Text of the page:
A new study from UK consumer group Which? Nintendo has found evidence that the Switch’s infamous Joy-Con slide is caused by a mechanical fault that points to major design flaws.
The study showed that the Joy-Con’s plastic circuit boards had noticeable wear on the joystick slide’s contact points, despite only being used for months. It is this clothing that ultimately results in drifting.
In addition, dust and other contaminants have been found inside the Switch’s internal components, despite Nintendo’s efforts to protect said areas from dust.
Which one? also criticized Nintendo’s handling of the situation and its response to affected consumers.
The organization called on Nintendo to introduce a compensation or refund scheme to any UK consumer who can prove they bought a replacement Joy-Con due to drift since 2017, and said the scheme should be widely promoted.
It also called on Nintendo to offer an “indefinite” repair or replacement of all Joy-Cons that have developed drift since 2017, completely free of charge.
In response to the study, Nintendo issued the following statement: “The percentage of Joy-Con controllers that have reported problems with the analog stick in the past is small, and we’ve been making continuous improvements to the Joy-Con since its launch in 2017.”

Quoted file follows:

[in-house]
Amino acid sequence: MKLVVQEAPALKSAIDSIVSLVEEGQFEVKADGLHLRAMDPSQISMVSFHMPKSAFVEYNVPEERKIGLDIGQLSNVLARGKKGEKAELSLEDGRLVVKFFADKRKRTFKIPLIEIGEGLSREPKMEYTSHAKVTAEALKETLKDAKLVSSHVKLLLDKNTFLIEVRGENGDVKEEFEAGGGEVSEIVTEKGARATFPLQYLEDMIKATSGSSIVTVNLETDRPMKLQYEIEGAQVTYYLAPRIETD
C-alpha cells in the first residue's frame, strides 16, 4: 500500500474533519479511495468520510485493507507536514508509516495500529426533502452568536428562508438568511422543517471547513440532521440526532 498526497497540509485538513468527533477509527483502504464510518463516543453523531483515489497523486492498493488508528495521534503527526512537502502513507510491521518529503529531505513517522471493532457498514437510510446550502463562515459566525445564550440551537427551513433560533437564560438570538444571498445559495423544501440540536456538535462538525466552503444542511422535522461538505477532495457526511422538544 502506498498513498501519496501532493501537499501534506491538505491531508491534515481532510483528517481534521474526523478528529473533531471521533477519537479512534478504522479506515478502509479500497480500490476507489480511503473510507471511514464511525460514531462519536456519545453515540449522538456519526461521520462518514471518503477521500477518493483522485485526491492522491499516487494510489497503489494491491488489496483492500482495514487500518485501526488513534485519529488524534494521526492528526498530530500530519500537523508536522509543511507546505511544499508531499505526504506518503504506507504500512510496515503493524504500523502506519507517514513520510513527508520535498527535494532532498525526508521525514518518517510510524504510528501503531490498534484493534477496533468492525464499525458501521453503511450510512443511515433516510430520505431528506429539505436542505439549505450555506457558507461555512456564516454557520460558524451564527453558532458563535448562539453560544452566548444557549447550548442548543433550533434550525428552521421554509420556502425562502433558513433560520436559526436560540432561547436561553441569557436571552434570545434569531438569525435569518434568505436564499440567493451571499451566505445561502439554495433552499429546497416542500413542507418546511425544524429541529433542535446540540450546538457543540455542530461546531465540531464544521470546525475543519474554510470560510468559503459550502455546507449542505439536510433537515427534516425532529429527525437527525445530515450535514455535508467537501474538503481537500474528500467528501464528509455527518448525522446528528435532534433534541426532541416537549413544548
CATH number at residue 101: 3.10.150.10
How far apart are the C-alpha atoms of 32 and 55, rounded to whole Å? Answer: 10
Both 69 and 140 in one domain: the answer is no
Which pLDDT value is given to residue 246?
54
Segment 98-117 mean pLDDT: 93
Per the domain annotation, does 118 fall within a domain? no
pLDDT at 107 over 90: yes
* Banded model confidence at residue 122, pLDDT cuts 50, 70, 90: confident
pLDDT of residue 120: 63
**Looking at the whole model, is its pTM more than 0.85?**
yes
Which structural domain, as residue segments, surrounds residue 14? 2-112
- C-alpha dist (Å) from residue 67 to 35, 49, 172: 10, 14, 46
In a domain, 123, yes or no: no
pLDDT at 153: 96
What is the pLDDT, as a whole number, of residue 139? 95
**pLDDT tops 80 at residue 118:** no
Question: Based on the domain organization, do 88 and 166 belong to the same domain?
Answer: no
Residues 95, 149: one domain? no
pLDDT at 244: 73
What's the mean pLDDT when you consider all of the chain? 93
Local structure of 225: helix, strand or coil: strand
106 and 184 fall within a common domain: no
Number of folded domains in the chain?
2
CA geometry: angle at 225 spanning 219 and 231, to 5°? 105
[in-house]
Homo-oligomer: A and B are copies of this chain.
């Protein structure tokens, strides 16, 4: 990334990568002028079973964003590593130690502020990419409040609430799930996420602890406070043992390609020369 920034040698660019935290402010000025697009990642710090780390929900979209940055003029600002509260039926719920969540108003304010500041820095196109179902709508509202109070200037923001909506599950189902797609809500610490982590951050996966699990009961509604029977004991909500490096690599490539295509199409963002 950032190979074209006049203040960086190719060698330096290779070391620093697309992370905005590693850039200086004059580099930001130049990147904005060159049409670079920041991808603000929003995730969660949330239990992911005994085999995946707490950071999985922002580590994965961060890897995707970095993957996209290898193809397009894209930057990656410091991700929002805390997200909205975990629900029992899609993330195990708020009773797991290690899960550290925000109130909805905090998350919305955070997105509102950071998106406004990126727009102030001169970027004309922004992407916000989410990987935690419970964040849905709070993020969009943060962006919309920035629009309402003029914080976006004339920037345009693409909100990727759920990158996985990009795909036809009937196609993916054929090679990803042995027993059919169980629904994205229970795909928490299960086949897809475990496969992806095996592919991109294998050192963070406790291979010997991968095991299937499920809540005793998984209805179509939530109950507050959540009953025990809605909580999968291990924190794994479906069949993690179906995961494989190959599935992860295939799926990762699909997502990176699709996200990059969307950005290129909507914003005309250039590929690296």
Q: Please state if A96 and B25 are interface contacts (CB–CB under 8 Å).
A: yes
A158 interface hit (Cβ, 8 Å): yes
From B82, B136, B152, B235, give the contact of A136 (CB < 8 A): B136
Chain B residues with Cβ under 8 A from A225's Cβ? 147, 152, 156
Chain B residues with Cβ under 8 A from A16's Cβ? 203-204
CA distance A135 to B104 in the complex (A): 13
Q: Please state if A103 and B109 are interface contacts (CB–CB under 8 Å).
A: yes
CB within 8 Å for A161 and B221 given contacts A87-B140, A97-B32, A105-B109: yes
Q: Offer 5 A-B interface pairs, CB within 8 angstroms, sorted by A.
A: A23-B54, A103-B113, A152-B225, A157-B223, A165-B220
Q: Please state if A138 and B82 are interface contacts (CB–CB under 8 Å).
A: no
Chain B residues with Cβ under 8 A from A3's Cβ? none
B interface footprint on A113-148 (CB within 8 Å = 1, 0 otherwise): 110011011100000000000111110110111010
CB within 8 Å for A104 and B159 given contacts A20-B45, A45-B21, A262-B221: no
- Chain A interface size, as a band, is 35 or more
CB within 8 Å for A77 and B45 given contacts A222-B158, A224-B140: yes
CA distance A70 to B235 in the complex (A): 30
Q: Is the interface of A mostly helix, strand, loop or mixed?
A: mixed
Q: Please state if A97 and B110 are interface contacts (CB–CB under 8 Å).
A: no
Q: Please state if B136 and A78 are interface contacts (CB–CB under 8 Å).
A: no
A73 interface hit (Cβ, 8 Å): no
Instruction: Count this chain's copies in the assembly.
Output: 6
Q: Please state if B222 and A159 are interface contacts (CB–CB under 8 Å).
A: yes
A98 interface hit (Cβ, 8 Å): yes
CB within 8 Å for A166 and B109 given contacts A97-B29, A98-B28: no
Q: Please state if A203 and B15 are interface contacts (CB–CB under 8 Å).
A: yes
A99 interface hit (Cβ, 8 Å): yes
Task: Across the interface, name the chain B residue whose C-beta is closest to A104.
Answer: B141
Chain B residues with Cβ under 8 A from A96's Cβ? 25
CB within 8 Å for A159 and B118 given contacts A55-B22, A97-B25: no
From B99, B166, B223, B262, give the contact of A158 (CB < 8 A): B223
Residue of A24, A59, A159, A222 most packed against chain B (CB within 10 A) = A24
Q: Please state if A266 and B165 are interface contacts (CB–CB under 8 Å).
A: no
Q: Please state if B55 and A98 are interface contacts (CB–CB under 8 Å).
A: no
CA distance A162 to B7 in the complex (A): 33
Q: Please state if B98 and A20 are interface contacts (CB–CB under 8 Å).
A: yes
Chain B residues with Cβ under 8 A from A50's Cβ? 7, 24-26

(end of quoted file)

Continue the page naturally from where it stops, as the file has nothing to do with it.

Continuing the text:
“We expect all of our hardware to function as intended, and if anything falls short of that goal, we always encourage consumers to contact Nintendo customer support. ‘ analog sticks, including cases where the warranty no longer applies.”
It’s worth remembering that if the Joy-Con has developed drift, it should be your first point of contact Nintendo Support, which will likely repair your controllers at no charge, including shipping. In my experience, you don’t even need to provide proof of purchase, but if you are under warranty, it will certainly help your case.
Which one? also prepared a report earlier this year found that two out of five Joy-Con controllers of the original Nintendo Switch release suffered from lag.
Of course, Joy-Con drift issues have been going on for a few years now. In 2019, A A class action lawsuit has been filed against Nintendo in the US on the problem, and last year The European Commission has said it is considering launching an investigation.